The Insurance & Financial Services Ombudsman has warned that there’s no such thing as a “bit of a lie” when it comes to making an insurance claim.
Were your sunglasses stolen – or did you simply want a new pair? Did you really have quite that much jewellery stolen? Was that camera really lost? Are you sure you didn’t overinflate that home repair bill?
If you’re putting in an insurance claim these are just a few of the questions you may face. And if you’re found to have exaggerated your claim, expect to have it denied and for your insurance policy to potentially be cancelled!
“Tell the truth when making an insurance claim,” says Insurance & Financial Services Ombudsman (IFSO), Karen Stevens. “There is no doubt that insurers will check the information you give when they consider whether to accept your claim.”
There are varying degrees of dishonesty, and the law recognises a difference if someone makes a fraudulent claim, or makes false or dishonest statements in support of what would otherwise be a valid claim.
“But there’s no such thing as a ‘bit of a lie’ when it comes to insurance,” says Karen.
“False information can not only result in a declined claim, but your insurance policies can also be cancelled, and your name listed on the Insurance Claims Register (ICR). This can make it very difficult to get further insurance, which can be devastating for people – like when they’re trying to get a mortgage.”
Consider the following cases considered by the Insurance & Financial Services Ombudsman scheme…
1. Sick of your sunnies…
After a woman made a claim for a pair of lost glasses, she then admitted the glasses were simply scratched and worn, and she said they were lost to make sure she had insurance cover. All of her policies were subsequently cancelled, and details of her claim are now on the ICR.
2. Inflated invoices…
When a Christchurch homeowner admitted using false invoices about house repairs, the insurer not only declined the claim and cancelled the policy, but they recovered the payments they’d already made under the ongoing claim.
3. What’s your partner up to?
In a car insurance case, the insured’s husband tried to withdraw a claim as he had told a “bit of a lie” about being hit from behind by another car. But it was too late, and an alert was placed on the ICR against both the husband and wife, as they were joint policyholders.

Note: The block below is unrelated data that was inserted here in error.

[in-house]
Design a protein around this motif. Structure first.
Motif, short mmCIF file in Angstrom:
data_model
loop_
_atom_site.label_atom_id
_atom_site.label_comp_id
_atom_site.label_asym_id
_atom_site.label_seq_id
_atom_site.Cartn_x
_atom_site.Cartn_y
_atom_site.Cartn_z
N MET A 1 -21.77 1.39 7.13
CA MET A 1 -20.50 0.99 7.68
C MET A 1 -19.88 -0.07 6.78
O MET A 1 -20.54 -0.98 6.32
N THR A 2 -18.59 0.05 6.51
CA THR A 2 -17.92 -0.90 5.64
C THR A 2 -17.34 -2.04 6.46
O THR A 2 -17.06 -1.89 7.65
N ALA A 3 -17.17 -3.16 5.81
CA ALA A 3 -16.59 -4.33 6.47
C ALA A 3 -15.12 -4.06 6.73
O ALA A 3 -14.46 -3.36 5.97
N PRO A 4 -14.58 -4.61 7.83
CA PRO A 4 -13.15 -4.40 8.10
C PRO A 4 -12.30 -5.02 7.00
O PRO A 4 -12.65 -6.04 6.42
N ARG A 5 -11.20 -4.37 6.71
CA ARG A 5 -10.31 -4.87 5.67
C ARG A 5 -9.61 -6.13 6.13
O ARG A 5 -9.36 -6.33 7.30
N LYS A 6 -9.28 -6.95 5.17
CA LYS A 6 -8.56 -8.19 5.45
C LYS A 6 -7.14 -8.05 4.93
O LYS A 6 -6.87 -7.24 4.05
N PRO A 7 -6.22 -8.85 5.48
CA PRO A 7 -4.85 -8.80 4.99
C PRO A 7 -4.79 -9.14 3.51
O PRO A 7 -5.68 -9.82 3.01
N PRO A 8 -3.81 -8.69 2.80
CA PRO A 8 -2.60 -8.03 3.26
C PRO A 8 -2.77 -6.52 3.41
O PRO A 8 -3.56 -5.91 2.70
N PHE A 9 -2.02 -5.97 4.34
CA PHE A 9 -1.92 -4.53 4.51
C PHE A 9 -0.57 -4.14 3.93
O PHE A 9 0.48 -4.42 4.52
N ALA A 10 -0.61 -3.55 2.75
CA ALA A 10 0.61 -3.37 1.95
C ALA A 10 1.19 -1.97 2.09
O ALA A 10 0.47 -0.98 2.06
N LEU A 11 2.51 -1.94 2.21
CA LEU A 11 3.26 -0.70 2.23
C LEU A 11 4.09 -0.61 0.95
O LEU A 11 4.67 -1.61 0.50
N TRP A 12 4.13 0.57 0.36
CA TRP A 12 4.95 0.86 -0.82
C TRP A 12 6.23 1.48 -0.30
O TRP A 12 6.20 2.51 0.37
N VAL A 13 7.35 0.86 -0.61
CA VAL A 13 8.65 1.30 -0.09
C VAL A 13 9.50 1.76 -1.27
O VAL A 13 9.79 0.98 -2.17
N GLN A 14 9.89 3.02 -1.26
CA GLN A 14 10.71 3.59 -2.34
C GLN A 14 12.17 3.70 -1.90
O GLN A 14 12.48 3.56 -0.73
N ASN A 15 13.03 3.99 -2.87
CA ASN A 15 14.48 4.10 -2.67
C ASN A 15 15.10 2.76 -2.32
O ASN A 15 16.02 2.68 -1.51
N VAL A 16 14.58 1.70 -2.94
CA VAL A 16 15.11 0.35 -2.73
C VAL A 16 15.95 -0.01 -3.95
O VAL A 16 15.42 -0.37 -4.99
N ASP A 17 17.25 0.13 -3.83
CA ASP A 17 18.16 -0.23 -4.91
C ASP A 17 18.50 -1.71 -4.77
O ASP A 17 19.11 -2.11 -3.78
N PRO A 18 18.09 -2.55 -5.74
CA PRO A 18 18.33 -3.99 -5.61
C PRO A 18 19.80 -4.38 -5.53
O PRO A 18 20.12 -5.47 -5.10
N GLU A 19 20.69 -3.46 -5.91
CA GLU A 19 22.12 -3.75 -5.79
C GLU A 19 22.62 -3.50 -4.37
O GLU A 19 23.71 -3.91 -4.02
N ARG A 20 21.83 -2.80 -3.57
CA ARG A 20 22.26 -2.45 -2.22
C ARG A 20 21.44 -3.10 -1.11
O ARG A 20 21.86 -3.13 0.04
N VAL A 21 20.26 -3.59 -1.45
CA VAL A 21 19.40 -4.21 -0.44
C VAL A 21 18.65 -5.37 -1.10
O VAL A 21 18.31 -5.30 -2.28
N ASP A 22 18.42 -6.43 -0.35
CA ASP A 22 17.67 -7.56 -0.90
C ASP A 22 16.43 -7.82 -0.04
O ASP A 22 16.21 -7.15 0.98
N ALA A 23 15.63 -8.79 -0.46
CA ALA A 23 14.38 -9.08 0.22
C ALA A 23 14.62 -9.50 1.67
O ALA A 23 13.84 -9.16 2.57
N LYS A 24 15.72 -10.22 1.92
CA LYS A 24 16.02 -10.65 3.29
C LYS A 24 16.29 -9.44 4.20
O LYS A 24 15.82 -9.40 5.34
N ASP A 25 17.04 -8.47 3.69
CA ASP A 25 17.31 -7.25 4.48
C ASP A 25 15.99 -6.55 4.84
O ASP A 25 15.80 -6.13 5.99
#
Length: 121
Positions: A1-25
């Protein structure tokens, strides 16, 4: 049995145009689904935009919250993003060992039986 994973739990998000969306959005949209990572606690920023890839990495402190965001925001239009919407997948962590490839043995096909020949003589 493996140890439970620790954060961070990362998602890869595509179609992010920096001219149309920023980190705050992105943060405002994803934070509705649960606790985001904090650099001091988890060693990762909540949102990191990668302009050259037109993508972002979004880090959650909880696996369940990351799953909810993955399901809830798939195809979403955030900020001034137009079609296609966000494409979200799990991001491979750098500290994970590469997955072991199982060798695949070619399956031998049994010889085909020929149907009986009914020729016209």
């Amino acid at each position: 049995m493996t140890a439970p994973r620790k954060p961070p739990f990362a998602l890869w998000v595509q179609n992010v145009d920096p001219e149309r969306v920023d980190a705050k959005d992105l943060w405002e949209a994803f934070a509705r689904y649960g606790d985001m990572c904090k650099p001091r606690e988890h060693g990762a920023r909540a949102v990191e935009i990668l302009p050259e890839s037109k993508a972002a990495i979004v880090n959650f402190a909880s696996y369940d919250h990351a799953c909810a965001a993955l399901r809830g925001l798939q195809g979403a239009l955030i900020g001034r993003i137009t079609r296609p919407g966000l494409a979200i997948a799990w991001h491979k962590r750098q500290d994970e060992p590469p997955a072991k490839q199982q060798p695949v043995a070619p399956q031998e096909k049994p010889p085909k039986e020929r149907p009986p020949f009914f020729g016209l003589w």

4. Smile and say “cheese…”
When a homeowner made a contents claim for a stolen camera, cellphone, and jewellery, she provided photographs as proof of ownership. During the insurer’s investigation, metadata showed that the photos were taken with the allegedly stolen camera and cellphone after the date of the burglary. The entire claim was declined on the basis of fraud.
Digital ability increasing fraud
According to insurer IAG, technology is changing the way crime is committed – including insurance fraud. IAG New Zealand’s Fraud Intelligence Team has been monitoring these developments and has noted an increase in tech-savvy fraud.
“We are seeing the use of technology in fraudulent insurance claims increase, particularly in the use of online market places to facilitate fraud,” said Natasha McFlinn, IAG Fraud Intelligence Manager.
“Digitally forged documents have been around for some time but we are seeing an increase in them as people’s familiarity with digital technology increases.”
In some claims, fraudsters pretend to own items claimed for that they’ve never owned using computer technology to suggest evidence of ownership.
Meanwhile, online spaces have also become a popular destination for fraudsters.
“Through online marketplaces some fraudsters seek to obtain a second hand item cheaply and then claim they have had a brand new or higher model item stolen. Others try to sell unwanted items that they claimed were stolen and have had replaced via an insurance claim.”
People often underestimate the consequences of committing insurance fraud.
“Our team also checks for suspicious claims on ICR (the Insurance Claims Register), which is a central database that the majority of insurers load claim details into, enabling insurers to check a customer’s claims history,” said Natasha.
“If you are flagged in the ICR for fraudulent activity, it’s unlikely you’ll be able to get insurance again.”
Do you have enough insurance anyway?
Definitely don’t make a false or misleading insurance claim – but do check that you have enough insurance so that if anything does (legitimately) go wrong, you’re covered.
In terms of home insurance Treasury released a report in early May saying New Zealand households could be underinsured by up to $184 billion. Ouch!
“One really important difference, when house insurance policies changed to ‘sum insured’ after the Canterbury earthquakes, was that the responsibility immediately transferred to the homeowner. It is now up to you to make sure the amount you are insuring your house for is enough to rebuild it,” says the Insurance & Financial Services Ombudsman scheme’s Karen Stevens.
Some tips to help you check your cover are:
- Read your house insurance policy carefully to check what your current level of cover and terms and conditions are
- Check that the square meterage of your home and other buildings on your property are recorded accurately
- Check that additional features of your home have been identified – this includes fences, driveways, garages, sleep-outs, sheds, retaining walls and swimming pools
- Answer the questions on your insurance company’s online calculator
- Ask a builder or quantity surveyor for their expert advice.